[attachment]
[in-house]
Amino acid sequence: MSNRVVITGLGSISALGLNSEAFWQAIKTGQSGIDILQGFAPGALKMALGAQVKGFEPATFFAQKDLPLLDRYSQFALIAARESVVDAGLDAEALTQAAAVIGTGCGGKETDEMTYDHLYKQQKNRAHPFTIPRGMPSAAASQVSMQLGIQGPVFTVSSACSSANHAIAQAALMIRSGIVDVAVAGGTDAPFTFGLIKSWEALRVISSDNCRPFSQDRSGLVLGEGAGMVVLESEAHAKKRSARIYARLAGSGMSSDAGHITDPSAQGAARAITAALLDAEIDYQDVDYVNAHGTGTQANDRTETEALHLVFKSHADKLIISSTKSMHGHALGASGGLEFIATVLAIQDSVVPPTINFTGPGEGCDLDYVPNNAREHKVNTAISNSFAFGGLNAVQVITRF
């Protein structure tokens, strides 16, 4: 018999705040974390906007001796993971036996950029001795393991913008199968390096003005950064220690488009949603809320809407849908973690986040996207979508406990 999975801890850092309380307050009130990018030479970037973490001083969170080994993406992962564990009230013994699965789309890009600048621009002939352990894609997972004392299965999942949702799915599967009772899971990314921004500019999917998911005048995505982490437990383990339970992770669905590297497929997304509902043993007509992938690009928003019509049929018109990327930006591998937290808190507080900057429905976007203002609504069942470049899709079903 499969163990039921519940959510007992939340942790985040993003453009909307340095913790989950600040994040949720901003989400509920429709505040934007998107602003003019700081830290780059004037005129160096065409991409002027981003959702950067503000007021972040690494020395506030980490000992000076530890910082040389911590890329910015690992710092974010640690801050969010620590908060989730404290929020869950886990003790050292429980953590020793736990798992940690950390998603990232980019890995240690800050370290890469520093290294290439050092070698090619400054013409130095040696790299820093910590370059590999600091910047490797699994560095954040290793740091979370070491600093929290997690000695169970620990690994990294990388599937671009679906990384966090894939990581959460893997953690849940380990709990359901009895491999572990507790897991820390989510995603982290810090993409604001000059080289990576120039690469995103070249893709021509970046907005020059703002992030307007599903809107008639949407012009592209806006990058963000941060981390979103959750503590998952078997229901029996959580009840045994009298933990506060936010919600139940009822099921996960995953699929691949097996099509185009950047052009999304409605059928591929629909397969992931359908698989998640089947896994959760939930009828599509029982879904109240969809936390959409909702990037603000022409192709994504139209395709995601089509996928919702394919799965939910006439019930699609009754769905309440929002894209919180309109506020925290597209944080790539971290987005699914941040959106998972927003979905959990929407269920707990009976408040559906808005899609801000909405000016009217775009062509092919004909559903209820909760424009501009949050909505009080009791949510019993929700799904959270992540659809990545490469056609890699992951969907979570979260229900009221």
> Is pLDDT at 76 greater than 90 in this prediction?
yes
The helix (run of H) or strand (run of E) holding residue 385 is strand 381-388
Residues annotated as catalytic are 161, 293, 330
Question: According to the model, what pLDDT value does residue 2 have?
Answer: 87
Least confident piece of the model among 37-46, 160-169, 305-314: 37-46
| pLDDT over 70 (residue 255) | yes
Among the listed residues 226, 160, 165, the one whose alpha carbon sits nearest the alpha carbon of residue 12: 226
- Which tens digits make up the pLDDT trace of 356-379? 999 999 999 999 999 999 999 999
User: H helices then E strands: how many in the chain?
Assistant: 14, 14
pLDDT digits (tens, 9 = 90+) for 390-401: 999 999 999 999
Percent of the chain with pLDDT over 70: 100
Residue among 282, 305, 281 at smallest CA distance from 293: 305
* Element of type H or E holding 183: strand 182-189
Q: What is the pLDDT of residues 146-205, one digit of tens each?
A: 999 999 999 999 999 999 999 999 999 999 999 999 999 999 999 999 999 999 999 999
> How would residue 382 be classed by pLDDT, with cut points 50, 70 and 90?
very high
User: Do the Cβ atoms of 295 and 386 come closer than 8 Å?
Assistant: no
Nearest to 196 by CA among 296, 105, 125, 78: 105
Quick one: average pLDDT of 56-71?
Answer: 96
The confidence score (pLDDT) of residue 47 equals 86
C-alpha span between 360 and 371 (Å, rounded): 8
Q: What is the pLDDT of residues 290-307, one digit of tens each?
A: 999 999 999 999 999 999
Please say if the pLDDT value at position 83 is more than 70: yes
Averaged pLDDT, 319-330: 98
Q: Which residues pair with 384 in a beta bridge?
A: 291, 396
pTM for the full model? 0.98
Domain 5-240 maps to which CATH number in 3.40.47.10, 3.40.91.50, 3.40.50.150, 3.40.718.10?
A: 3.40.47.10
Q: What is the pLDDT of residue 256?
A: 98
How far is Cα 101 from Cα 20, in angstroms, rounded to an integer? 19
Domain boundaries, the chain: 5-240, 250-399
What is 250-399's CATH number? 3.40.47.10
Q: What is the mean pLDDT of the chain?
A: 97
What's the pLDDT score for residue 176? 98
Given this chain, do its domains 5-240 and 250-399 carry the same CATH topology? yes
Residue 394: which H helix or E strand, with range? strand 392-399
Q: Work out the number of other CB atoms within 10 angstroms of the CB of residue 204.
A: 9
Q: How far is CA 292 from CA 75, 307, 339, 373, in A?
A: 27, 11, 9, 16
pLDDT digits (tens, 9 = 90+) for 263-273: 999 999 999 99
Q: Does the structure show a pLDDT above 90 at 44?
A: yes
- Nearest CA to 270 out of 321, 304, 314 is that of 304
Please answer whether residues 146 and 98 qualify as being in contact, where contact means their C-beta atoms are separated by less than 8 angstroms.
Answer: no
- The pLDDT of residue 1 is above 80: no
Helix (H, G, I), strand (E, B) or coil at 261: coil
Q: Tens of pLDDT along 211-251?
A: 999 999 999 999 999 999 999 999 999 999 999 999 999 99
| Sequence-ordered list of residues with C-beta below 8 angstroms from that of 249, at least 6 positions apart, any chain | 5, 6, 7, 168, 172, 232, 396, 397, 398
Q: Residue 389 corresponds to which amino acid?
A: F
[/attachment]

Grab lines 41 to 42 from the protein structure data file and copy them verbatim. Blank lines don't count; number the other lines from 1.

A: 98
How far is Cα 101 from Cα 20, in angstroms, rounded to an integer? 19